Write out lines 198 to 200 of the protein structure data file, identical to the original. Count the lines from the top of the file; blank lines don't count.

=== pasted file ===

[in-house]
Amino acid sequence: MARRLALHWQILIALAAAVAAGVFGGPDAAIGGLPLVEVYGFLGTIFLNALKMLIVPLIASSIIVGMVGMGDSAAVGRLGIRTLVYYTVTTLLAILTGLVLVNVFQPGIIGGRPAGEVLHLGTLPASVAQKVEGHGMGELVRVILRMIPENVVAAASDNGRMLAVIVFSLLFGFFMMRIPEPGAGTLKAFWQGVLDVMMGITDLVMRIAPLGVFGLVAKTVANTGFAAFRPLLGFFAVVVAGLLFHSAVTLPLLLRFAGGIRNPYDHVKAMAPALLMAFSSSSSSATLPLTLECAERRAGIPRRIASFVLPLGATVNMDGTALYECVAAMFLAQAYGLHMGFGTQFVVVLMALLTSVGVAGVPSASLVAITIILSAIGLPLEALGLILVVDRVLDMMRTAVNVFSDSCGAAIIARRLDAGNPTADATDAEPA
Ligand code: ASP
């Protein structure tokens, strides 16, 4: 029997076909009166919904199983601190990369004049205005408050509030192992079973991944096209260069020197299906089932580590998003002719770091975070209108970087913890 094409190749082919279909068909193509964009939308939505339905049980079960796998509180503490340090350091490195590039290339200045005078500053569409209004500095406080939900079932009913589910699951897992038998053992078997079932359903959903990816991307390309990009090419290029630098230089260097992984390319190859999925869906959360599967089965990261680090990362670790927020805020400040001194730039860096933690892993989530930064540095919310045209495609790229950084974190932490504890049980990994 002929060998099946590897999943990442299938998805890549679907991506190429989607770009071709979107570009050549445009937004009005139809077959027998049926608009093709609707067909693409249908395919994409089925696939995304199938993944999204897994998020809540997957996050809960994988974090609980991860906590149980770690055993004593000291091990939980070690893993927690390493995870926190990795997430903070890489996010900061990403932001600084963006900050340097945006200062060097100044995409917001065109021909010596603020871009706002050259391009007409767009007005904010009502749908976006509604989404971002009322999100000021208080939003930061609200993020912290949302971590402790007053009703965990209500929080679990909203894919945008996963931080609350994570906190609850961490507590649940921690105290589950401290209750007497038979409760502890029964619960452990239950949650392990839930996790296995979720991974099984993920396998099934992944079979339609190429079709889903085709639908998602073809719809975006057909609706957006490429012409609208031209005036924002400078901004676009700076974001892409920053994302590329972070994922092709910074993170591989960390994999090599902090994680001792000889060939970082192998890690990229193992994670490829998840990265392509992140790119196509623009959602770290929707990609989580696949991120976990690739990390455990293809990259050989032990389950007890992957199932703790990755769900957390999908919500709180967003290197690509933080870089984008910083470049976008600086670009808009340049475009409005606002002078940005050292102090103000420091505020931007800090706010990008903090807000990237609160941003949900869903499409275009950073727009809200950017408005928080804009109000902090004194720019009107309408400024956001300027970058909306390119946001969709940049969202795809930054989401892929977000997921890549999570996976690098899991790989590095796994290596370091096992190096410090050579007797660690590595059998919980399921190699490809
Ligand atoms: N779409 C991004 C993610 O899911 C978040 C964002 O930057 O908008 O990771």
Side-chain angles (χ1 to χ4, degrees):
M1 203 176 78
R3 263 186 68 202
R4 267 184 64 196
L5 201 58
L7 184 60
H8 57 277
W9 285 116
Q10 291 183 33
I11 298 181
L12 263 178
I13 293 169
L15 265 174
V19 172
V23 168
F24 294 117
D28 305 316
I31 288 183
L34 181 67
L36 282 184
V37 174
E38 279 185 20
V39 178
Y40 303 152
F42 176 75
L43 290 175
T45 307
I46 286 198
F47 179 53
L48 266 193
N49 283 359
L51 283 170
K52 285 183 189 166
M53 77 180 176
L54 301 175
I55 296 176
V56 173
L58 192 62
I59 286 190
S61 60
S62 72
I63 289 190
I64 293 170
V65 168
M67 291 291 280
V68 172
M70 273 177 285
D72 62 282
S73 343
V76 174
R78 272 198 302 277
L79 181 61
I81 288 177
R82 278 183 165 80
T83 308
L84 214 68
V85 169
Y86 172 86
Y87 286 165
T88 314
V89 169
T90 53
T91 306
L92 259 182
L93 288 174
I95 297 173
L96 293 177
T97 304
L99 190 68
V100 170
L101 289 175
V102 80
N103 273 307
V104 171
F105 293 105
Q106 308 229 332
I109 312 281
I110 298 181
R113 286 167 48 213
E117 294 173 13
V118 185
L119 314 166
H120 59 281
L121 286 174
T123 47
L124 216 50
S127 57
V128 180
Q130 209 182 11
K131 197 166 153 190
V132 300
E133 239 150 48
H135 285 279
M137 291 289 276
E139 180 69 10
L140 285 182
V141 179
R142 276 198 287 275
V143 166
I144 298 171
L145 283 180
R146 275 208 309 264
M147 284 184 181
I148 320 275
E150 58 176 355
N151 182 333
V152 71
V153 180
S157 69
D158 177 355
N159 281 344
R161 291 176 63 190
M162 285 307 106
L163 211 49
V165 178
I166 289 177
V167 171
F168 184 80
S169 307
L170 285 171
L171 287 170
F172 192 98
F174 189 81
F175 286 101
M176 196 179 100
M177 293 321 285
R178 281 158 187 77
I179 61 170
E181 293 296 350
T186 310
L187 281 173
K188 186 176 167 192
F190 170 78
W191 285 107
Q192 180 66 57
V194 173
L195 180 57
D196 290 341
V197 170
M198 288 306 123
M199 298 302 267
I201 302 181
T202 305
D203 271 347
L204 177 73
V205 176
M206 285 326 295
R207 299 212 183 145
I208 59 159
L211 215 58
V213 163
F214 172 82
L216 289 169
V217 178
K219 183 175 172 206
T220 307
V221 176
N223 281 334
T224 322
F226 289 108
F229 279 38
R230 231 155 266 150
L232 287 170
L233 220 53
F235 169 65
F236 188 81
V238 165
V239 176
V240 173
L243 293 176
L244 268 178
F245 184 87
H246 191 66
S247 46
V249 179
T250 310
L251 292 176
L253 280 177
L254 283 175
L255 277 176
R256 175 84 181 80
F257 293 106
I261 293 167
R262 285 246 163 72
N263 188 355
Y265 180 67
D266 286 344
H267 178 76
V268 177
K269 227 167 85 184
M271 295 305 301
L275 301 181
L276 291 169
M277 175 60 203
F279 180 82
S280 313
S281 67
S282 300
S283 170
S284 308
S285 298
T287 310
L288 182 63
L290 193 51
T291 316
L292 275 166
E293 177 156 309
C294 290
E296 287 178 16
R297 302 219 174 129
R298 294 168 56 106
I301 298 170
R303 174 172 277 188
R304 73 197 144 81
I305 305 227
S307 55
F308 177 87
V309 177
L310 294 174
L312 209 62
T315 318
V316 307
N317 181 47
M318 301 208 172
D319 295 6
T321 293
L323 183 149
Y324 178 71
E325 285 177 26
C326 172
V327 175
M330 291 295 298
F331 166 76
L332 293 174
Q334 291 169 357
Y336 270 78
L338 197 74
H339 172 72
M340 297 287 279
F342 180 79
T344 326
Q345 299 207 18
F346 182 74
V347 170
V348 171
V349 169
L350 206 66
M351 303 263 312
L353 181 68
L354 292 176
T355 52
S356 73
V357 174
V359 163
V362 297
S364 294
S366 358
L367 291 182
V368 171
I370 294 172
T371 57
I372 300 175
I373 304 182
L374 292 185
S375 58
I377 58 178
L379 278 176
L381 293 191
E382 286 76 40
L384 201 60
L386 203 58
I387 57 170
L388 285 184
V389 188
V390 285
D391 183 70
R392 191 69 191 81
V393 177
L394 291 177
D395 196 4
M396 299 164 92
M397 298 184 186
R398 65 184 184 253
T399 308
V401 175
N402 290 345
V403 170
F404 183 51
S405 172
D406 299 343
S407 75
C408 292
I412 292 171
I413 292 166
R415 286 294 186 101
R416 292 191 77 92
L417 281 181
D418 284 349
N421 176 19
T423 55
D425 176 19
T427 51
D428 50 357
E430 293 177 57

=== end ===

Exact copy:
L276 291 169
M277 175 60 203
F279 180 82